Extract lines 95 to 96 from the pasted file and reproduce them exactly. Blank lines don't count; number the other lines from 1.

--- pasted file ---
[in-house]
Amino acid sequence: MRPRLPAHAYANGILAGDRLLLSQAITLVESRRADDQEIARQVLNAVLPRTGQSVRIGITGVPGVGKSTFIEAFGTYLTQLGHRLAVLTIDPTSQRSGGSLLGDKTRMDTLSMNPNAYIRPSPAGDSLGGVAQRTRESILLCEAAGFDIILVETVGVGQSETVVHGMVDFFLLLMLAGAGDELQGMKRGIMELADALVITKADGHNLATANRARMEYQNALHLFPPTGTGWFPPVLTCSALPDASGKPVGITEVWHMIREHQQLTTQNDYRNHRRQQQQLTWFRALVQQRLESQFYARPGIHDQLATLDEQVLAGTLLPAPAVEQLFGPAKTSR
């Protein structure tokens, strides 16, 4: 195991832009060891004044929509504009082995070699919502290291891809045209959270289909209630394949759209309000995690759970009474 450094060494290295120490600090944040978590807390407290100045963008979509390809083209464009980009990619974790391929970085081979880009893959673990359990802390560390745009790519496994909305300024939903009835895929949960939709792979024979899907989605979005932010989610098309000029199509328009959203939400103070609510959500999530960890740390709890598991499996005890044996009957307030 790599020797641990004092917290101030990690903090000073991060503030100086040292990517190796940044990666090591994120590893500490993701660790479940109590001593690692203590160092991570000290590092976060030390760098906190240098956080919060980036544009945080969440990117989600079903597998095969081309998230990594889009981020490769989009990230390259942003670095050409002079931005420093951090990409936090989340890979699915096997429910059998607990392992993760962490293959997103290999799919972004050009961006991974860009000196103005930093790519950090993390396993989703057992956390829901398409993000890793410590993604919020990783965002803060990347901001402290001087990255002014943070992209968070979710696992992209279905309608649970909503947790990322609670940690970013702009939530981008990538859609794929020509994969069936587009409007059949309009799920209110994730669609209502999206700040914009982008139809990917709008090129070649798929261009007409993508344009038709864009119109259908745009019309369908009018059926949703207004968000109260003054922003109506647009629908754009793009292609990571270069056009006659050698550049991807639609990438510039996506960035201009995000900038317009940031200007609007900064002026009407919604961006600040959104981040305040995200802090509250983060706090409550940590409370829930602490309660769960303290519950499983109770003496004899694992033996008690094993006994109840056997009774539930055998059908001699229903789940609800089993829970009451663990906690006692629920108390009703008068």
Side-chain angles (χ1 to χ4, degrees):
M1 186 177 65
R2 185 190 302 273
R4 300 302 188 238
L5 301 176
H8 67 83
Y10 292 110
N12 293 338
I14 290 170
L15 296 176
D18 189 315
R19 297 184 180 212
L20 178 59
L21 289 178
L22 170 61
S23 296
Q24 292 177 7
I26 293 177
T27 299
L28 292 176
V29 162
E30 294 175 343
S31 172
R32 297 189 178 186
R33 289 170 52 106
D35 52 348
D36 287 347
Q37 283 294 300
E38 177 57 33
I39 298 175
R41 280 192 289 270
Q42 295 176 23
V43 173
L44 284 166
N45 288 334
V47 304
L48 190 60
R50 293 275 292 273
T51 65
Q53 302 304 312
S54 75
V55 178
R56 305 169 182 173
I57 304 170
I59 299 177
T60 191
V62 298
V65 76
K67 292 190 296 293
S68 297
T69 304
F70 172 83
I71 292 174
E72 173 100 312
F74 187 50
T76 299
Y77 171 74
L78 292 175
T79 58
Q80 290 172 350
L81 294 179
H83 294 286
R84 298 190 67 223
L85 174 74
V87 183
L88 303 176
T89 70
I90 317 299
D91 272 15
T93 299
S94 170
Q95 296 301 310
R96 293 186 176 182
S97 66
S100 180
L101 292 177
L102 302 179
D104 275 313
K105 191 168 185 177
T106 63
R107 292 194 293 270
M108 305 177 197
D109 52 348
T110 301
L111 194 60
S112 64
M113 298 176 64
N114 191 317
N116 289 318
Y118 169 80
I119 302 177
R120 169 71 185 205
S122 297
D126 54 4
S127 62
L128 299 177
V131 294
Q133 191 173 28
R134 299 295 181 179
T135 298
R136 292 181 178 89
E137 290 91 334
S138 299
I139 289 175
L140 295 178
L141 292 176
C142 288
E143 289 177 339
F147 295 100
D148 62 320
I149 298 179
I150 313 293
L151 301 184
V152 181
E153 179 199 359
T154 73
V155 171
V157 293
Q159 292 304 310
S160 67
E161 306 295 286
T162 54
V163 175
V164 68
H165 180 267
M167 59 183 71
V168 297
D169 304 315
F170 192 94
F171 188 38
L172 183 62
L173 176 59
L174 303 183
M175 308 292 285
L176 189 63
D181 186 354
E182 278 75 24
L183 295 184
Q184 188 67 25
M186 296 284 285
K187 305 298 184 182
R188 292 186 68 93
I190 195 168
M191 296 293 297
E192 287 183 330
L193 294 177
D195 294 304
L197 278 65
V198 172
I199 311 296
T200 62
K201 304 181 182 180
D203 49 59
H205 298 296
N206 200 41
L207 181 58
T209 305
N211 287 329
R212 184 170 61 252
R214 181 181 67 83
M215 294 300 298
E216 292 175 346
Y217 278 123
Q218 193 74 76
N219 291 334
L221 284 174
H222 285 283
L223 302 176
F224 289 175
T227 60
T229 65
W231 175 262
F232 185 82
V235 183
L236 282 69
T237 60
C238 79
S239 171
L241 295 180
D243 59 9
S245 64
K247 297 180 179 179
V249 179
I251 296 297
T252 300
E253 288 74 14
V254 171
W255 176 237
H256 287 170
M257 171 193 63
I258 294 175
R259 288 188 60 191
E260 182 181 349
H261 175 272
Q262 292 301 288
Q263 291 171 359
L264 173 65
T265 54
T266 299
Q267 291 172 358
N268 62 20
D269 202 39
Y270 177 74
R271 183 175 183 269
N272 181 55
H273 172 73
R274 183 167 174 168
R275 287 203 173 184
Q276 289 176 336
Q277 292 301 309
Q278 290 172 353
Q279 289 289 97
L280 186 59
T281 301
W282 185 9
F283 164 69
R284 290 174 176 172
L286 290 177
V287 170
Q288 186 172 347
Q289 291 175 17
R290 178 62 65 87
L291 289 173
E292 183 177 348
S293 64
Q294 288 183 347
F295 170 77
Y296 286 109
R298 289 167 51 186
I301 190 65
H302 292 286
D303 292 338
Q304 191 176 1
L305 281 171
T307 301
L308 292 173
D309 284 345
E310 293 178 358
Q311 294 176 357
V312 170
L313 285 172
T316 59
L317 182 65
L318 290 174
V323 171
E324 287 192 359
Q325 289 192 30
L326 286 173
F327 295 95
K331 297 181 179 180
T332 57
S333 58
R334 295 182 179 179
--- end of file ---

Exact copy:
R120 169 71 185 205
S122 297